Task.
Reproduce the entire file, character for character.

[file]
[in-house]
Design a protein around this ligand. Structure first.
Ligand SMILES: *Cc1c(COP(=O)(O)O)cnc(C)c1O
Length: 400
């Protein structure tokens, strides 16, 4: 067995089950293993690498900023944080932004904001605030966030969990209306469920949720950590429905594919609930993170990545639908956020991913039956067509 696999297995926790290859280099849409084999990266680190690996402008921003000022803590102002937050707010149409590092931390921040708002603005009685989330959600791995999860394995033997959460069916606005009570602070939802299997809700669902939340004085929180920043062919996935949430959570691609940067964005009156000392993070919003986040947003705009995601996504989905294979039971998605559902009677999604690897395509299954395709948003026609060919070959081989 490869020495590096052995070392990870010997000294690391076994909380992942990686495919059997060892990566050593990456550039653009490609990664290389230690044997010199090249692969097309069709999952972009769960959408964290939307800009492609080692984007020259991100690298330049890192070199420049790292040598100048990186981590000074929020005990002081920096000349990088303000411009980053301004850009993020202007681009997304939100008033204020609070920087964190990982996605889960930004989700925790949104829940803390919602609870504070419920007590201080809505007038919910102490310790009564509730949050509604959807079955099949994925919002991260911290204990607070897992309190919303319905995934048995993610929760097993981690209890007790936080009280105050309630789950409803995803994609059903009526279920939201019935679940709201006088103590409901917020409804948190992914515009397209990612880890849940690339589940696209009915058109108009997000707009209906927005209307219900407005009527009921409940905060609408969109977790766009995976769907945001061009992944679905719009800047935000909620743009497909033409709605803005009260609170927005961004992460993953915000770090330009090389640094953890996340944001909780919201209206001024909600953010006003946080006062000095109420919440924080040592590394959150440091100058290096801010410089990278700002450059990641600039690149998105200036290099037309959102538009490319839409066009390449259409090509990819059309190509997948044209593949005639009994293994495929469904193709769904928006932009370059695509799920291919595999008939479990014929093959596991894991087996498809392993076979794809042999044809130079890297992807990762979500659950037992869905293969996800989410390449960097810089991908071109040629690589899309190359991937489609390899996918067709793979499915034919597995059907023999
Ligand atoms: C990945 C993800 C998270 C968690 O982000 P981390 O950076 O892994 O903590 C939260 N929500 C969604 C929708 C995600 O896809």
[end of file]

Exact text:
[in-house]
Design a protein around this ligand. Structure first.
Ligand SMILES: *Cc1c(COP(=O)(O)O)cnc(C)c1O
Length: 400
């Protein structure tokens, strides 16, 4: 067995089950293993690498900023944080932004904001605030966030969990209306469920949720950590429905594919609930993170990545639908956020991913039956067509 696999297995926790290859280099849409084999990266680190690996402008921003000022803590102002937050707010149409590092931390921040708002603005009685989330959600791995999860394995033997959460069916606005009570602070939802299997809700669902939340004085929180920043062919996935949430959570691609940067964005009156000392993070919003986040947003705009995601996504989905294979039971998605559902009677999604690897395509299954395709948003026609060919070959081989 490869020495590096052995070392990870010997000294690391076994909380992942990686495919059997060892990566050593990456550039653009490609990664290389230690044997010199090249692969097309069709999952972009769960959408964290939307800009492609080692984007020259991100690298330049890192070199420049790292040598100048990186981590000074929020005990002081920096000349990088303000411009980053301004850009993020202007681009997304939100008033204020609070920087964190990982996605889960930004989700925790949104829940803390919602609870504070419920007590201080809505007038919910102490310790009564509730949050509604959807079955099949994925919002991260911290204990607070897992309190919303319905995934048995993610929760097993981690209890007790936080009280105050309630789950409803995803994609059903009526279920939201019935679940709201006088103590409901917020409804948190992914515009397209990612880890849940690339589940696209009915058109108009997000707009209906927005209307219900407005009527009921409940905060609408969109977790766009995976769907945001061009992944679905719009800047935000909620743009497909033409709605803005009260609170927005961004992460993953915000770090330009090389640094953890996340944001909780919201209206001024909600953010006003946080006062000095109420919440924080040592590394959150440091100058290096801010410089990278700002450059990641600039690149998105200036290099037309959102538009490319839409066009390449259409090509990819059309190509997948044209593949005639009994293994495929469904193709769904928006932009370059695509799920291919595999008939479990014929093959596991894991087996498809392993076979794809042999044809130079890297992807990762979500659950037992869905293969996800989410390449960097810089991908071109040629690589899309190359991937489609390899996918067709793979499915034919597995059907023999
Ligand atoms: C990945 C993800 C998270 C968690 O982000 P981390 O950076 O892994 O903590 C939260 N929500 C969604 C929708 C995600 O896809």